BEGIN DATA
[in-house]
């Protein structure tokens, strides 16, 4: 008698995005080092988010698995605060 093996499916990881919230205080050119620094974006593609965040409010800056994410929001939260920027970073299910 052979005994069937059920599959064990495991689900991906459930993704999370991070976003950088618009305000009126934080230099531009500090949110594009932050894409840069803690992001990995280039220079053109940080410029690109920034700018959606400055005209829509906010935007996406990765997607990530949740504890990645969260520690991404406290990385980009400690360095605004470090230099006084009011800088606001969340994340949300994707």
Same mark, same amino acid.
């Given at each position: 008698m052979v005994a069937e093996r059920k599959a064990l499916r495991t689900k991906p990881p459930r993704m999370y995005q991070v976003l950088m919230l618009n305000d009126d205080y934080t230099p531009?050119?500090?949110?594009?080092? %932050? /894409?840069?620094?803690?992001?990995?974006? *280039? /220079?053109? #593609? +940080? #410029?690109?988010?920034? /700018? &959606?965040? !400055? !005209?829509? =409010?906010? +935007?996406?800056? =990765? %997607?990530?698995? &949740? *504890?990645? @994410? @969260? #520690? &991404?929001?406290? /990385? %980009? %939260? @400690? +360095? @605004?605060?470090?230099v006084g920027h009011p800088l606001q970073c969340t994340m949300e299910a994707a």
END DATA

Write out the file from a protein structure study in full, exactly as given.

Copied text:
[in-house]
């Protein structure tokens, strides 16, 4: 008698995005080092988010698995605060 093996499916990881919230205080050119620094974006593609965040409010800056994410929001939260920027970073299910 052979005994069937059920599959064990495991689900991906459930993704999370991070976003950088618009305000009126934080230099531009500090949110594009932050894409840069803690992001990995280039220079053109940080410029690109920034700018959606400055005209829509906010935007996406990765997607990530949740504890990645969260520690991404406290990385980009400690360095605004470090230099006084009011800088606001969340994340949300994707």
Same mark, same amino acid.
């Given at each position: 008698m052979v005994a069937e093996r059920k599959a064990l499916r495991t689900k991906p990881p459930r993704m999370y995005q991070v976003l950088m919230l618009n305000d009126d205080y934080t230099p531009?050119?500090?949110?594009?080092? %932050? /894409?840069?620094?803690?992001?990995?974006? *280039? /220079?053109? #593609? +940080? #410029?690109?988010?920034? /700018? &959606?965040? !400055? !005209?829509? =409010?906010? +935007?996406?800056? =990765? %997607?990530?698995? &949740? *504890?990645? @994410? @969260? #520690? &991404?929001?406290? /990385? %980009? %939260? @400690? +360095? @605004?605060?470090?230099v006084g920027h009011p800088l606001q970073c969340t994340m949300e299910a994707a």